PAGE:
Kingfishers of Southern Africa
by Roddy Smith
Some of the most easily recognised birds in Southern Africa are the kingfishers. They fall into the order
Coraciiformes and are related to the bee-eaters and rollers. Between them these three groups contain many of our most spectacularly coloured birds.
Each group, however, has its own distinctive jizz (jizz being the name birders give to a shape and way of moving that is characteristic of a particular bird or
group of birds).
Kingfishers are all fairly stocky birds with short necks and relatively long straight bills. Their bills are very similar in shape to those of the
much larger herons, possibly because they both evolved for the purpose of stabbing fish.
There are 10 species of kingfisher in Southern Africa and they range in size from the tiny Pygmy Kingfisher at one extreme to — surprise! — the
Giant Kingfisher at the other.
All the kingfishers are hole-nesters, either in trees or in sand-banks, most are territorial and the same pair may occupy the same nest site for several years.
Despite the family name, however, not all catch fish. The fishing kingfishers are the Giant, the Pied, the Half-collared and the tiny Malachite,
while the Mangrove Kingfisher eats mostly crabs and other crustaceans. The others all eat insects, although some of them are often seen on river banks.
All, to a greater or lesser extent, have bright blue as the most noticeable colour in their plumage, with the notable exceptions of the Giant
Kingfisher and Pied Kingfisher, which are the most easily identified species.
The most obvious by virtue of its spectacular method of fishing is the Pied Kingfisher. It hovers quite high above the surface of the water,
watching for fish. If after a few moments none are seen it moves a short distance and tries again, and as soon as it spies one it folds its wings
and plunges like a small feathered harpoon into the water to spear the fish on its sharp beak.
Pied Kingfisher Hovering
Pied Kingfishers are also our only gregarious species; they are frequently seen in small groups and the previous year’s young
help the parents to rear the current season’s brood. I have also seen Pied Kingfishers pass small fish to each other in mid-air which may be a courting ritual.
The Giant Kingfisher also occasionally hovers, but in general it is a sedentary fisherman, watching for fish from a perch in a tree.
In size it is not much smaller than a Green-backed Heron, with a similar shape and flight pattern, so it is possible to confuse them when
one of the birds takes flight from a distance.
The Giant Kingfisher is capable of catching quite large fish, and its loud raucous “kek-kek-kek” is often heard before it is seen.
It has become almost a cliché to refer to the Malachite Kingfisher as "bejewelled", but that is a very apt description
of this exquisite little bird.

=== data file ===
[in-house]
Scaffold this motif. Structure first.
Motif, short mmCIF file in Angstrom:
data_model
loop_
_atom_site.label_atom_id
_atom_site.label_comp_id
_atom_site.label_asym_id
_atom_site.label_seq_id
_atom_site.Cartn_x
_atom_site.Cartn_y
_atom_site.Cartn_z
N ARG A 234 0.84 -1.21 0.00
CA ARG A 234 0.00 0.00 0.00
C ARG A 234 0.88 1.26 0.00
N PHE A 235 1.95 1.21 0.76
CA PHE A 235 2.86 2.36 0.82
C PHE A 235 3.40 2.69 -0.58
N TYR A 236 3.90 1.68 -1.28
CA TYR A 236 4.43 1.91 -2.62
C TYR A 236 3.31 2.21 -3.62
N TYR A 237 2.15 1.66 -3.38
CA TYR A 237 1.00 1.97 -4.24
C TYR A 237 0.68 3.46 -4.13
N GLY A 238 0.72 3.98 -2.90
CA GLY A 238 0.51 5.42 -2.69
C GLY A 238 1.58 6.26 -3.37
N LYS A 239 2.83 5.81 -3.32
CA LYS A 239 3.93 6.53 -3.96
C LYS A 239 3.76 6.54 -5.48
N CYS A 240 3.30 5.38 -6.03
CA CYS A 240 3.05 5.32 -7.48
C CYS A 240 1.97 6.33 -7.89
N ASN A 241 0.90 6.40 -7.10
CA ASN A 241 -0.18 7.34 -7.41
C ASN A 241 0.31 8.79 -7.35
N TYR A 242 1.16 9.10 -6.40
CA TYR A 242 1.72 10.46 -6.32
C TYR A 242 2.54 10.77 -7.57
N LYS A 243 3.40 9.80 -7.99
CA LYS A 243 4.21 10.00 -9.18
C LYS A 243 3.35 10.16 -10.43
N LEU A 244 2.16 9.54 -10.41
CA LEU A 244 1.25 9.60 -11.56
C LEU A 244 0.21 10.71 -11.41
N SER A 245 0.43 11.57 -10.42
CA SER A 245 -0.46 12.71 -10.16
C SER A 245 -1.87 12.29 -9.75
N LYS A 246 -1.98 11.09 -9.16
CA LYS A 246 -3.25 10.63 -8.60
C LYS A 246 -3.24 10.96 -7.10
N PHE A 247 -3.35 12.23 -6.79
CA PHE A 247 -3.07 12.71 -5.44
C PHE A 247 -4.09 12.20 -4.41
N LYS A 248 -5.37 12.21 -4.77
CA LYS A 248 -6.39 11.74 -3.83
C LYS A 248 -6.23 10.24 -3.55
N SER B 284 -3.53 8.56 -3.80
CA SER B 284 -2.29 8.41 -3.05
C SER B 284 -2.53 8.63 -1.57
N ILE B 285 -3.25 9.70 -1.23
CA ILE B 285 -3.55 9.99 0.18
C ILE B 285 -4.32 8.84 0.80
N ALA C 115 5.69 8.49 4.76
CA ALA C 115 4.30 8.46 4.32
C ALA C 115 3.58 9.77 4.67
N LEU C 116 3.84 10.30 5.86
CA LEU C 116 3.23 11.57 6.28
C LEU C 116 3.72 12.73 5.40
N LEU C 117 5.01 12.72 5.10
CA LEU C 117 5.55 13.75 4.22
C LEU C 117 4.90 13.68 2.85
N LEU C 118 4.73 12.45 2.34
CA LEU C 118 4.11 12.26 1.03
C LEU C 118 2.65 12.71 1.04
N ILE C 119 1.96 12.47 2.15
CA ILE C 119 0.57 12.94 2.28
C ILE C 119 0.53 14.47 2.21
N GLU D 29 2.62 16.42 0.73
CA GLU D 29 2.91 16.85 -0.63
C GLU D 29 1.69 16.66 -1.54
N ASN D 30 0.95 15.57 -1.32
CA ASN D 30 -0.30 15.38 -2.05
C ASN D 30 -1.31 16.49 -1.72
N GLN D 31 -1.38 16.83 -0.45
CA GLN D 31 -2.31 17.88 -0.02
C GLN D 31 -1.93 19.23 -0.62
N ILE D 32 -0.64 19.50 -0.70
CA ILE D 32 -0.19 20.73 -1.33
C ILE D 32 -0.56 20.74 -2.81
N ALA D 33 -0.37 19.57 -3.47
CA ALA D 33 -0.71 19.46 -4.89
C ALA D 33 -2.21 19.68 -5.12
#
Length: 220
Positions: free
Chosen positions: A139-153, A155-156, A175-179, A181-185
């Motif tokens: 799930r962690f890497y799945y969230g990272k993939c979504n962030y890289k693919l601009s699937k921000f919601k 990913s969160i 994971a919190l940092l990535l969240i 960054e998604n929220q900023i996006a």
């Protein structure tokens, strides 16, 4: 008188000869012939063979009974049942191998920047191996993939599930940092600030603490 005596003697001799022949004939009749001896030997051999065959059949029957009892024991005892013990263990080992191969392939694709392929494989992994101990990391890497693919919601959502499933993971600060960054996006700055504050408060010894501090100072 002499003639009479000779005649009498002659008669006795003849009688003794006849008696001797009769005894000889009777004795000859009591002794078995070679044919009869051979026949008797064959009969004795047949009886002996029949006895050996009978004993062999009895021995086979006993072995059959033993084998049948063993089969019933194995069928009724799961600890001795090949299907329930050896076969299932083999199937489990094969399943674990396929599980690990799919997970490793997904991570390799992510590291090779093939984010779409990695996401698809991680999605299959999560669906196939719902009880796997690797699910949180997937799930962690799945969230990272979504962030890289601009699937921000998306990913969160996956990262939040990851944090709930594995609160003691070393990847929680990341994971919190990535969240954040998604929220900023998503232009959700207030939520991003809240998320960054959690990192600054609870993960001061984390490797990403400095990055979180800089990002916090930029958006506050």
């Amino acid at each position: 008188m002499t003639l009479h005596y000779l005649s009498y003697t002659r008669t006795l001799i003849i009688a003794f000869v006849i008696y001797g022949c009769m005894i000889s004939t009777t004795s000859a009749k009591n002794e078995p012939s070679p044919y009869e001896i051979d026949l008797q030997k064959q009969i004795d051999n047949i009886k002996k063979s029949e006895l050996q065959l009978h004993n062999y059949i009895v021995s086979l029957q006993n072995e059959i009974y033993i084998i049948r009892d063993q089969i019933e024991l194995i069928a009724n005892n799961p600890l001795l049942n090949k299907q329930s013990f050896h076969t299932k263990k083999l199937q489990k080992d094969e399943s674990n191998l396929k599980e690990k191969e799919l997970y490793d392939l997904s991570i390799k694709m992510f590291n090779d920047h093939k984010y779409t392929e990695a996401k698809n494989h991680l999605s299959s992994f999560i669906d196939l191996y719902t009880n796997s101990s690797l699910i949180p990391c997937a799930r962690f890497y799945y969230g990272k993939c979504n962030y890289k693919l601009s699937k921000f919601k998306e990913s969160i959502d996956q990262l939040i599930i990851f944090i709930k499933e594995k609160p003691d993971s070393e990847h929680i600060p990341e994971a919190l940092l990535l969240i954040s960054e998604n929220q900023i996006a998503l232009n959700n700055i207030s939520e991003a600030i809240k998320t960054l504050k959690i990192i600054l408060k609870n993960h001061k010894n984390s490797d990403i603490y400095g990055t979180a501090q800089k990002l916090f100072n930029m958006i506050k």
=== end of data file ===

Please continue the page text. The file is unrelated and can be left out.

By far the best way to get a good look at one is in a canoe — they tend to sit on reeds or
sedges down near the water’s edge and when disturbed take off with their distinctive fast low flight to the next perch.
Many people tend to confuse them with the similar Pygmy Kingfishers.
The latter have mauve cheeks, but they are most easily
distinguished by habitat; the insectivorous Pygmy Kingfisher is seldom found near water, and the Malachite seldom far from it.
The same thing applies to two other pairs of species. Woodland Kingfishers, intra-African migrants whose loud pleasant trilling call can be heard
in woodland areas towards the end of the dry season as they stake their territories, very closely resemble Mangrove Kingfishers.
The Woodland Kingfisher has a two-coloured bill, but in any case they are unlikely to be confused because the one lives in
woodland and the other lives — another surprise — in coastal forest and mangrove swamps.
Also very similar in appearance are our two least brightly-coloured kingfishers (and the two whose names are not particularly apt),
the Brown-hooded and the Striped.
Again, the Striped Kingfisher has a two-coloured bill, but it is also the least aquatic of our
Southern African kingfishers and is usually found in dry country well away from water (I have seen it in the Zambezi Valley but
nowhere near the river) whereas the Brown-hooded is usually close to water.
The final two Southern African species are very distinctive and cannot be confused with any others in the region.
The Half-collared is a fishing
species which is surprisingly not seen much on the Lower Zambezi; the dapper Grey-headed (previously Grey-hooded, and also sometimes called the Chestnut-bellied) is common there
in the summer months although rare in most of Southern Africa.
Roddy Smith is a wildlife conservationist and safari guide based in the Lower Zambezi National Park, Zambia.
Images © Scotch Macaskill
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